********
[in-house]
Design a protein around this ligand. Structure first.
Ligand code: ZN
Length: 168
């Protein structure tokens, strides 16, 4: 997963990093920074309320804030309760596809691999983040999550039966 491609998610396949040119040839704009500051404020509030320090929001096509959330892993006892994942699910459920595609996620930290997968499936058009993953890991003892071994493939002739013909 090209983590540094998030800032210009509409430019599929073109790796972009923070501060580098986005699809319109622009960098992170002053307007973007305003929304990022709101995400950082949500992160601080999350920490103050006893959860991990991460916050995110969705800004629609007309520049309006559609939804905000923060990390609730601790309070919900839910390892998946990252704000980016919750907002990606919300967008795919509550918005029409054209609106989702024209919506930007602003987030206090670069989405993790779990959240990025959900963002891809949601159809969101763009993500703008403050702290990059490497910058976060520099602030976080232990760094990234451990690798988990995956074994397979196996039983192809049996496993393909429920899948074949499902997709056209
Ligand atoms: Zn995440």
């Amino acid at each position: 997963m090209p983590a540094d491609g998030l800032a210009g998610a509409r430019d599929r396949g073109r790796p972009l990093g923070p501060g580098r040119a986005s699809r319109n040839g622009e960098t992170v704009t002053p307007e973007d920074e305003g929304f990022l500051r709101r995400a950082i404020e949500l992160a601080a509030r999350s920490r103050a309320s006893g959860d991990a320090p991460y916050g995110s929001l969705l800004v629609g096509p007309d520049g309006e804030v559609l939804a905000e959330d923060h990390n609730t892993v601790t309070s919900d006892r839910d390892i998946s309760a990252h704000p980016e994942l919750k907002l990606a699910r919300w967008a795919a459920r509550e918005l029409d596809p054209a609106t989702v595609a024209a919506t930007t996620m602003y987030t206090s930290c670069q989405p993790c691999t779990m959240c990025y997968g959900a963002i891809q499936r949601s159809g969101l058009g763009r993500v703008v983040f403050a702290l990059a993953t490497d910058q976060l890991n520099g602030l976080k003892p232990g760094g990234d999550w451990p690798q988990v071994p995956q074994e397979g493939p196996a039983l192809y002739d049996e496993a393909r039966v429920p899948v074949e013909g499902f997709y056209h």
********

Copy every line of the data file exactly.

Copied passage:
[in-house]
Design a protein around this ligand. Structure first.
Ligand code: ZN
Length: 168
């Protein structure tokens, strides 16, 4: 997963990093920074309320804030309760596809691999983040999550039966 491609998610396949040119040839704009500051404020509030320090929001096509959330892993006892994942699910459920595609996620930290997968499936058009993953890991003892071994493939002739013909 090209983590540094998030800032210009509409430019599929073109790796972009923070501060580098986005699809319109622009960098992170002053307007973007305003929304990022709101995400950082949500992160601080999350920490103050006893959860991990991460916050995110969705800004629609007309520049309006559609939804905000923060990390609730601790309070919900839910390892998946990252704000980016919750907002990606919300967008795919509550918005029409054209609106989702024209919506930007602003987030206090670069989405993790779990959240990025959900963002891809949601159809969101763009993500703008403050702290990059490497910058976060520099602030976080232990760094990234451990690798988990995956074994397979196996039983192809049996496993393909429920899948074949499902997709056209
Ligand atoms: Zn995440």
């Amino acid at each position: 997963m090209p983590a540094d491609g998030l800032a210009g998610a509409r430019d599929r396949g073109r790796p972009l990093g923070p501060g580098r040119a986005s699809r319109n040839g622009e960098t992170v704009t002053p307007e973007d920074e305003g929304f990022l500051r709101r995400a950082i404020e949500l992160a601080a509030r999350s920490r103050a309320s006893g959860d991990a320090p991460y916050g995110s929001l969705l800004v629609g096509p007309d520049g309006e804030v559609l939804a905000e959330d923060h990390n609730t892993v601790t309070s919900d006892r839910d390892i998946s309760a990252h704000p980016e994942l919750k907002l990606a699910r919300w967008a795919a459920r509550e918005l029409d596809p054209a609106t989702v595609a024209a919506t930007t996620m602003y987030t206090s930290c670069q989405p993790c691999t779990m959240c990025y997968g959900a963002i891809q499936r949601s159809g969101l058009g763009r993500v703008v983040f403050a702290l990059a993953t490497d910058q976060l890991n520099g602030l976080k003892p232990g760094g990234d999550w451990p690798q988990v071994p995956q074994e397979g493939p196996a039983l192809y002739d049996e496993a393909r039966v429920p899948v074949e013909g499902f997709y056209h």